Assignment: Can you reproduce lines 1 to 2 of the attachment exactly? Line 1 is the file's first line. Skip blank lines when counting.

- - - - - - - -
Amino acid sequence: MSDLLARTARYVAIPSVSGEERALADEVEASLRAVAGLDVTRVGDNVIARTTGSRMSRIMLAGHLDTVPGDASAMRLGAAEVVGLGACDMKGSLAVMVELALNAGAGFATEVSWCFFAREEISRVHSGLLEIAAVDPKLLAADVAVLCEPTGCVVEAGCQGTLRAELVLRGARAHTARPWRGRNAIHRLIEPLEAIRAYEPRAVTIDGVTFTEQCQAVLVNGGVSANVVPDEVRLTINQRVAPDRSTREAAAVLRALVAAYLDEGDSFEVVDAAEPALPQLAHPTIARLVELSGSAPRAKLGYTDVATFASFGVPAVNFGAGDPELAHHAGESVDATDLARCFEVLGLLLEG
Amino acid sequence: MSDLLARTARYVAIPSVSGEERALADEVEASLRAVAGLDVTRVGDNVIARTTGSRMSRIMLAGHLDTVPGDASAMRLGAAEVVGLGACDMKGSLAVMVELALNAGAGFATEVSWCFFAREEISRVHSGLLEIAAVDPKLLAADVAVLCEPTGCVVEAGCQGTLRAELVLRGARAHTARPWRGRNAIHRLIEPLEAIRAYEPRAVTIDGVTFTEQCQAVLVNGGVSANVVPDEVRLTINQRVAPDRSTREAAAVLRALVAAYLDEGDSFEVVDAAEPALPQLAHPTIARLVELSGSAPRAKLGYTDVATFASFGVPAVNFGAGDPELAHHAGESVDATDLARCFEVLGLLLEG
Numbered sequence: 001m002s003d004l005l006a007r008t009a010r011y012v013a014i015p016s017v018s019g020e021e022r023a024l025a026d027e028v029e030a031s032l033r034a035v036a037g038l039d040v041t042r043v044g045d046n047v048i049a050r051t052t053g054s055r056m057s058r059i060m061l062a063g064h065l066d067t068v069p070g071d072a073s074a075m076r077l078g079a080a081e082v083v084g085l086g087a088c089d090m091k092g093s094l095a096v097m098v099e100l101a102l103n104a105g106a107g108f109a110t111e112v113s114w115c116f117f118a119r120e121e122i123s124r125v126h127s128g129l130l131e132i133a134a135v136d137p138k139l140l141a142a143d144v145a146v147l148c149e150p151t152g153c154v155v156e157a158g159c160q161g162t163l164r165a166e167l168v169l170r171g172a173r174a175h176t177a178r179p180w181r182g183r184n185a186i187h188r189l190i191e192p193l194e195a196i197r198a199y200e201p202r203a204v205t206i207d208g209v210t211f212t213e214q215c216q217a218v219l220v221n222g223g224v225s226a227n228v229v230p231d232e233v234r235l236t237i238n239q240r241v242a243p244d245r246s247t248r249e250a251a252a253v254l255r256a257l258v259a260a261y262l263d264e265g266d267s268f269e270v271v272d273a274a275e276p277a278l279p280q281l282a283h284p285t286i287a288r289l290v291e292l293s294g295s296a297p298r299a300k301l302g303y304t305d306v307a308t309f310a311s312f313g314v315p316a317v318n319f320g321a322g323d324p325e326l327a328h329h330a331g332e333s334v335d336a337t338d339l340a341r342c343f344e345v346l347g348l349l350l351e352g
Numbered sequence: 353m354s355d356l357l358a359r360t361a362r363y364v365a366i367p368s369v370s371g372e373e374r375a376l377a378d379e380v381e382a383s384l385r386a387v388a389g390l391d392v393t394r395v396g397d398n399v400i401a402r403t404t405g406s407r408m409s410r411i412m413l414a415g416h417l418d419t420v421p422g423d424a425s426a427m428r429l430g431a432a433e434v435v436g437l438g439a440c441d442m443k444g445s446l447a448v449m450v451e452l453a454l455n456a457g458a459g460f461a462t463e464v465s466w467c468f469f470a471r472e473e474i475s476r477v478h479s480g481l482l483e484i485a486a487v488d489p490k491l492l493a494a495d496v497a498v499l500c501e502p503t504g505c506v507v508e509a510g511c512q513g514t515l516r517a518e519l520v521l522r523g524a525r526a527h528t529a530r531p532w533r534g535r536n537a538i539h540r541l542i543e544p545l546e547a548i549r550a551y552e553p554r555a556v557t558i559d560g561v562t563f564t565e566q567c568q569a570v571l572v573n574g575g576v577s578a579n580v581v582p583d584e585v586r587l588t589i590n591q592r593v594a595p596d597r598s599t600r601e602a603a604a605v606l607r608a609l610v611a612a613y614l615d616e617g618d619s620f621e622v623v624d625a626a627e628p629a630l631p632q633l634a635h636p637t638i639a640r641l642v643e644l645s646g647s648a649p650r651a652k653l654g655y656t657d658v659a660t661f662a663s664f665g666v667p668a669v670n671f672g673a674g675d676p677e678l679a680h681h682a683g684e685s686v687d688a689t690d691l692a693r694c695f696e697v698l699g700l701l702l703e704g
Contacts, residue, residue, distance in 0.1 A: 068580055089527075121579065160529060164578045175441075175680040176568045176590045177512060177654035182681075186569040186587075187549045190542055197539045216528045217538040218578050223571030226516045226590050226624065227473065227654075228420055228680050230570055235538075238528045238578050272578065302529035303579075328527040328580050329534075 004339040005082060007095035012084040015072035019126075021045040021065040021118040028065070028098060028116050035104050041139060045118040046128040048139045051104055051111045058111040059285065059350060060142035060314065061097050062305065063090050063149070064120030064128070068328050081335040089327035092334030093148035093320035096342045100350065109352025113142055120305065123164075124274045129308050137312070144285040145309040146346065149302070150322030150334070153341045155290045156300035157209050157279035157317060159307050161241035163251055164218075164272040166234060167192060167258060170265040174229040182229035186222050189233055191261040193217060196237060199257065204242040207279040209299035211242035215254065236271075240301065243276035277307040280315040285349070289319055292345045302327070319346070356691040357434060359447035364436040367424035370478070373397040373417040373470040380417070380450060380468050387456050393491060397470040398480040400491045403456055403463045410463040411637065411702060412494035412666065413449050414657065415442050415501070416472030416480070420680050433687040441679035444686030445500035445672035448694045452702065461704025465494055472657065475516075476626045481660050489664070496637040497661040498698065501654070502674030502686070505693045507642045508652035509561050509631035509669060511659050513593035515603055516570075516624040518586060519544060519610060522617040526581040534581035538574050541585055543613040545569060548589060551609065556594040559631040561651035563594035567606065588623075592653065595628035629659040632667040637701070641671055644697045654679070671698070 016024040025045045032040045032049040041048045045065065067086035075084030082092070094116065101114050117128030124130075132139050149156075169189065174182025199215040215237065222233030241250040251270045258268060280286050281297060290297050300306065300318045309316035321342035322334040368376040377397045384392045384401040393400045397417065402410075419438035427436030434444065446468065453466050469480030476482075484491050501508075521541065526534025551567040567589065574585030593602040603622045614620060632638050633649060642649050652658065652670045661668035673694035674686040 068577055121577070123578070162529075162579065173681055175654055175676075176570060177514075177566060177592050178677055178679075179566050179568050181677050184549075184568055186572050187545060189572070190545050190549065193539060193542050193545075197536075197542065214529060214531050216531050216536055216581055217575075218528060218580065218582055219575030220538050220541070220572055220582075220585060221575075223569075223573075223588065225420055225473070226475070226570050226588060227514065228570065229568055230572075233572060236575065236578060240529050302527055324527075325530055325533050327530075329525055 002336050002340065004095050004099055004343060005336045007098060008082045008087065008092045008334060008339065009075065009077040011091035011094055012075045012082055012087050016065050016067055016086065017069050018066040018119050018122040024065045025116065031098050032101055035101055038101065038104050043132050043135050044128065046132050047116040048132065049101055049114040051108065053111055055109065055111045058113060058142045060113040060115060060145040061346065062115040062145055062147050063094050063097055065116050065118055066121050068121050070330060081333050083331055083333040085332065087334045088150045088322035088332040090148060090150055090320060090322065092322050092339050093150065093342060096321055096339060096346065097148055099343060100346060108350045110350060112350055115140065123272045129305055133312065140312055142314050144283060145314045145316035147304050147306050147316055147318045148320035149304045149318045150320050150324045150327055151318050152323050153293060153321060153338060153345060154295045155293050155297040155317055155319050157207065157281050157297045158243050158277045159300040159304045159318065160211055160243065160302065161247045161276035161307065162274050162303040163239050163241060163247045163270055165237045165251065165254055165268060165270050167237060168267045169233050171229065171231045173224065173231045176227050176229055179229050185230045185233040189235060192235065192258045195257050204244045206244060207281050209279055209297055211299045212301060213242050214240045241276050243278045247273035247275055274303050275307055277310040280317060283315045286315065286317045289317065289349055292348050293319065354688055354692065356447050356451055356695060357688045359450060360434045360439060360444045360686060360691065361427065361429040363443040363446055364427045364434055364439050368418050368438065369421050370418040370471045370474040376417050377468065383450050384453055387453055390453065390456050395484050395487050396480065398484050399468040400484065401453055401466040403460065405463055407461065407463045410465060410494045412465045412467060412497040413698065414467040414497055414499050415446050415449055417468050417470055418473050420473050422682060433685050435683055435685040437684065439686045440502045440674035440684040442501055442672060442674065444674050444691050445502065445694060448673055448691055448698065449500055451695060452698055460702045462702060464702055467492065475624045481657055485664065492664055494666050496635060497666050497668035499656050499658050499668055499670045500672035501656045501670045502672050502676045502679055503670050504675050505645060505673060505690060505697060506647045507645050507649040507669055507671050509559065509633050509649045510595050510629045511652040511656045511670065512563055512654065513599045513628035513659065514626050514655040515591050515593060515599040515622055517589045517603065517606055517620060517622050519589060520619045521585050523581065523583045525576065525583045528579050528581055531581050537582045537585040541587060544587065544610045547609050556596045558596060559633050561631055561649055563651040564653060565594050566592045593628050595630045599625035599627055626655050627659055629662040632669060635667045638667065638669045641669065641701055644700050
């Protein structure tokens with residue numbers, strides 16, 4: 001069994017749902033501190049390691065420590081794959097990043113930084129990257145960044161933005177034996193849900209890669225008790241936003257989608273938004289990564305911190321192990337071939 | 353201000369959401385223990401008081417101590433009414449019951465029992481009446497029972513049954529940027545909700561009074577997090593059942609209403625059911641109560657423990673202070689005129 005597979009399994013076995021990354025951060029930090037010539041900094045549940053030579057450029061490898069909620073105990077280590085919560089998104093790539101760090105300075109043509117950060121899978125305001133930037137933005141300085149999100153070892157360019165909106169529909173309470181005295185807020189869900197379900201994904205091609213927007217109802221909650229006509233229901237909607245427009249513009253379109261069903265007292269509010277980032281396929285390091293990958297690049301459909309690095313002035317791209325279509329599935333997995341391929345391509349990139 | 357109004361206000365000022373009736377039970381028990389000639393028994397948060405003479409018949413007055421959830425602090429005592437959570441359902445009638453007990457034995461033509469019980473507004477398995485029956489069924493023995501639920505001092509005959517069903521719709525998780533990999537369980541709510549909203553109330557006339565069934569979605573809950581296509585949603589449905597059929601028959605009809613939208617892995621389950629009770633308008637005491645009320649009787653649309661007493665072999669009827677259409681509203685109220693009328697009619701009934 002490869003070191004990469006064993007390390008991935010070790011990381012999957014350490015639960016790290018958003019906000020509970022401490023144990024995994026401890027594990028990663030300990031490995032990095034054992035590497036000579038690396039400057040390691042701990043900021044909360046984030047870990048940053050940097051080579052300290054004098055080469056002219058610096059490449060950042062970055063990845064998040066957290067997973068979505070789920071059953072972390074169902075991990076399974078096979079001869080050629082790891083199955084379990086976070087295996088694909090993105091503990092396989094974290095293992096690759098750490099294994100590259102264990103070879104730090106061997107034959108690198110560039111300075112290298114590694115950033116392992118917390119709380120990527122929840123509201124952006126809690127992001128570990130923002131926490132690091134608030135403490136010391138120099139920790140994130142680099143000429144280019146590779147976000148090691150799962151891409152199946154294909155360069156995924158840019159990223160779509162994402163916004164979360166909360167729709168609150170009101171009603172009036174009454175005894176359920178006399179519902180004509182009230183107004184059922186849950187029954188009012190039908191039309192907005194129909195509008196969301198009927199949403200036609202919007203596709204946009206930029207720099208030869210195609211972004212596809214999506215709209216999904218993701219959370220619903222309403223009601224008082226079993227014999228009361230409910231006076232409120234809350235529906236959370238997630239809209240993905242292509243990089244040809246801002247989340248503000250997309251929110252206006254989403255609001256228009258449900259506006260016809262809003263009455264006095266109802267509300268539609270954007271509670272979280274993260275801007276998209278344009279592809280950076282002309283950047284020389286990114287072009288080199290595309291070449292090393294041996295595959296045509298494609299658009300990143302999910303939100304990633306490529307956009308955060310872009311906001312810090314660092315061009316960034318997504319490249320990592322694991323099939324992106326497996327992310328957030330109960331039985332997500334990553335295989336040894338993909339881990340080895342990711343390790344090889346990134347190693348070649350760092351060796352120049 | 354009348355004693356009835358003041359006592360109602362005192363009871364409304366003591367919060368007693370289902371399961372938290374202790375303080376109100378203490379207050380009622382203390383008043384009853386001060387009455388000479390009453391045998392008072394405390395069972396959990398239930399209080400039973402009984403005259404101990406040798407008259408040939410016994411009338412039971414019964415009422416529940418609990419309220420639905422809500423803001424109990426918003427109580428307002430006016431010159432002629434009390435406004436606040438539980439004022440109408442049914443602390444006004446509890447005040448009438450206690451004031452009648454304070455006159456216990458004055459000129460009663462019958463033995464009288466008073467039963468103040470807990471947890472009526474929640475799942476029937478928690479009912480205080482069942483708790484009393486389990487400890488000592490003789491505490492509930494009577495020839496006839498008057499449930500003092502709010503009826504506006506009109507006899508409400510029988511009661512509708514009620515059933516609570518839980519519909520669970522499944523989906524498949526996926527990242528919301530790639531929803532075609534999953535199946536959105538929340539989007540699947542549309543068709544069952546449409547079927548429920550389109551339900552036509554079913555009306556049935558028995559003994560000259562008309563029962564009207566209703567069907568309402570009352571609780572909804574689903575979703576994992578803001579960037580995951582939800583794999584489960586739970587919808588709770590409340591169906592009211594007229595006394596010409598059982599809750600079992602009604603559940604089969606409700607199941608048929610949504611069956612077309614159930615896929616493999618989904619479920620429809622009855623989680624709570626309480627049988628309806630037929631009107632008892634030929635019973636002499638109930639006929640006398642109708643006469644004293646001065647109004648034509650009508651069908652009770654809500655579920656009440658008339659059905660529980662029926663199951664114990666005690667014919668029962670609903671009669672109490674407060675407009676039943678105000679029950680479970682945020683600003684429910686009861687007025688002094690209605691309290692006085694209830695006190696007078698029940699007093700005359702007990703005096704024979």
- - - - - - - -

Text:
Amino acid sequence: MSDLLARTARYVAIPSVSGEERALADEVEASLRAVAGLDVTRVGDNVIARTTGSRMSRIMLAGHLDTVPGDASAMRLGAAEVVGLGACDMKGSLAVMVELALNAGAGFATEVSWCFFAREEISRVHSGLLEIAAVDPKLLAADVAVLCEPTGCVVEAGCQGTLRAELVLRGARAHTARPWRGRNAIHRLIEPLEAIRAYEPRAVTIDGVTFTEQCQAVLVNGGVSANVVPDEVRLTINQRVAPDRSTREAAAVLRALVAAYLDEGDSFEVVDAAEPALPQLAHPTIARLVELSGSAPRAKLGYTDVATFASFGVPAVNFGAGDPELAHHAGESVDATDLARCFEVLGLLLEG
Amino acid sequence: MSDLLARTARYVAIPSVSGEERALADEVEASLRAVAGLDVTRVGDNVIARTTGSRMSRIMLAGHLDTVPGDASAMRLGAAEVVGLGACDMKGSLAVMVELALNAGAGFATEVSWCFFAREEISRVHSGLLEIAAVDPKLLAADVAVLCEPTGCVVEAGCQGTLRAELVLRGARAHTARPWRGRNAIHRLIEPLEAIRAYEPRAVTIDGVTFTEQCQAVLVNGGVSANVVPDEVRLTINQRVAPDRSTREAAAVLRALVAAYLDEGDSFEVVDAAEPALPQLAHPTIARLVELSGSAPRAKLGYTDVATFASFGVPAVNFGAGDPELAHHAGESVDATDLARCFEVLGLLLEG